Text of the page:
Social Media LinksWebsite Facebook Twitter Pintrest Instagram

GIVEAWAY

Giveaway to Win a £15  / $15 Amazon Gift Card (Open Internationally)

*Terms and Conditions –Worldwide entries welcome.  Please enter using the Rafflecopter box below.  The winner will be selected at random via Rafflecopter from all valid entries and will be notified by Twitter and/or email. If no response is received within 7 days then Rachel’s Random Resources reserves the right to select an alternative winner. Open to all entrants aged 18 or over.  Any personal data given as part of the competition entry is used for this purpose only and will not be shared with third parties, with the exception of the winners’ information. This will passed to the giveaway organiser and used only for fulfilment of the prize, after which time Rachel’s Random Resources will delete the data.  I am not responsible for despatch or delivery of the prize.

ENTER HERE – Good Luck !

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The Dollmaker by Nina Allan @QuercusBooks #TheDollmaker #NetGalley #review

Today I am sharing my review for The Dollmaker by Nina Allan. My thanks to Quercus Books for accepting my request to review this title via NetGally.

Let’s have a look and see what this one is all about …

Stitch by perfect stitch, Andrew Garvie makes exquisite dolls in the finest antique style. Like him, they are diminutive but graceful, unique, and with surprising depths. Perhaps that’s why he answers the enigmatic personal ad in his collector’s magazine.

Letter by letter, Bramber Winters reveals more of her strange, sheltered life in an institution on Bodmin Moor, and the terrible events that put her there as a child. Andrew knows what it is to be trapped, and as they knit closer together, he weaves a curious plan to rescue her.

On his journey through the old towns of England, he reads the fairy tales of Ewa Chaplin–potent, eldritch stories which, like her lifelike dolls, pluck at the edges of reality and thread their way into his mind. When Andrew and Bramber meet at last, they will have a choice–to break free and, unlike their dolls, come to life.

A love story of two very real, unusual people, The Dollmaker is also a novel rich with wonders: Andrew’s quest and Bramber’s letters unspool around the dark fables that give our familiar world an uncanny edge. It is this touch of magic that, like the blink of a doll’s eyes, tricks our own.

The synopsis tells quite clearly what this story is about. This is a story with other stories woven into them. A story about Andrew and Bramber, and their correspondence with each other. They have a shared interest in dolls, not just any dolls either. These are sought after items, they have a history and at times a price tag. Andrew decides he wants to visit Bramber and so takes a journey, during which he reads a story book. It’s by Ewa Chaplin, she also made dolls.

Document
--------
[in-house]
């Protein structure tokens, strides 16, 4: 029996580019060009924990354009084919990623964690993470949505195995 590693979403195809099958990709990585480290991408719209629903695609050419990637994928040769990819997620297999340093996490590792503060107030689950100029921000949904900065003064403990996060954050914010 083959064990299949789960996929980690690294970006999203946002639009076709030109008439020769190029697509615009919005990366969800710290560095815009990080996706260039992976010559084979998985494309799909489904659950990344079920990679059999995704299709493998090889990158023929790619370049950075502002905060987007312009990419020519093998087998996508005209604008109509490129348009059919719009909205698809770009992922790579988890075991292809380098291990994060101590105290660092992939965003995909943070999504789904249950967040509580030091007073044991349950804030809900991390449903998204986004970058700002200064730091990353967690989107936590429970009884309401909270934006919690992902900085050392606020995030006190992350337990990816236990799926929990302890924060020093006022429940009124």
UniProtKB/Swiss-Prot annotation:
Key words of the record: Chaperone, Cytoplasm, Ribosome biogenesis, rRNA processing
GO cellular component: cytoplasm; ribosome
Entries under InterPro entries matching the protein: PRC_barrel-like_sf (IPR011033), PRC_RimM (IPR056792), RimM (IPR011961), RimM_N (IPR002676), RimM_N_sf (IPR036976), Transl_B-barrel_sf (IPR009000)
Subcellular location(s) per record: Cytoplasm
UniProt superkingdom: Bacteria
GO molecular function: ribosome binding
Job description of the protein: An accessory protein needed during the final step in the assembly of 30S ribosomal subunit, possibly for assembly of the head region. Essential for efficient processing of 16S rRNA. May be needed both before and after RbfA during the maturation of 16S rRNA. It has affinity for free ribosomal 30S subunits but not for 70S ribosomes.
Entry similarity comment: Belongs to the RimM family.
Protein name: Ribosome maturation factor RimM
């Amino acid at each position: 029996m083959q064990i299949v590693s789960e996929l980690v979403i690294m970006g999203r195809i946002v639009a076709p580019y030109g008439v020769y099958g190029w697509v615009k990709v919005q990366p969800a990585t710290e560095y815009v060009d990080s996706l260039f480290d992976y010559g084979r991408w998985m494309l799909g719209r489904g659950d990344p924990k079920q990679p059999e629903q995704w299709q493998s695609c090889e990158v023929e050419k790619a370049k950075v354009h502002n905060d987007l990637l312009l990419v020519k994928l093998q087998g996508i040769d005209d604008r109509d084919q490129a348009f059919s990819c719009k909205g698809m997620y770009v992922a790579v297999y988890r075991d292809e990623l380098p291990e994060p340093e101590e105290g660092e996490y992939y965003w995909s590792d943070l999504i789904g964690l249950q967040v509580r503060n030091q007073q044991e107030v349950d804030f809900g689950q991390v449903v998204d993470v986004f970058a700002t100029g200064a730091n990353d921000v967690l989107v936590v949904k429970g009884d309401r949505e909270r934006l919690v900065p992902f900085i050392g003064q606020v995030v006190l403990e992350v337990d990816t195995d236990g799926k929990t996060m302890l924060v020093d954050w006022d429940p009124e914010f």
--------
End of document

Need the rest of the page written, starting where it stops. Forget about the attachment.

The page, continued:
This is a slower paced story that felt a little erratic at the beginning. It took me a good while before I got to grips with the characters, their stories, the alternating timelines and the style. Gradually I found myself drawn into the story and the stories. It was one of those books where I suddenly found myself somewhat caught up and hadn’t realised it had happened. I think a lot was to do with curiosity and to see where the story would take me. The short stories that Andrew reads during his journey are at times on the dark, or very dark side, they are like twisted fairy tales. There are things that mirror Andrew’s life.

I enjoyed this book and I have a feeling that it is not going to be for everyone. At times it has the feel of literary fiction, with a mix of fairy tale and fantasy. There is subtle romance aspect to it though not one that follows the usual route or expectation.

It’s one of those books that I think will divide readers, for me, there are parts I really enjoyed and others not so much. It has an unusual structure to it and it will be interesting to see what other readers think of this one.

Nina Allan is a novelist and critic. Her first novel The Race won the Grand Prix de L’imaginaire and was a Kitschies finalist. Her second novel The Rift won the British Science Fiction Award, the Kitschies Red Tentacle and was a finalist for the John W. Campbell Memorial Award. Her short fiction has previously been shortlisted for the Hugo Award, the Shirley Jackson Award and the British Fantasy Award. Her most recent novel is The Dollmaker. Born in London, Nina Allan lives and works in the west of Scotland.

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Fox Halt Farm by Celia Moore @CeliaMooreBooks @rararesources #review #Giveaway (open Int)

Today I am delighted to be sharing my review for Fox Halt Farm by Celia Moore. My huge thanks to Rachel for the invite and also to Celia for my e-copy of the book. Have a look at the end of my post, to enter the Giveaway to stand a chance to win a Gift Voucher.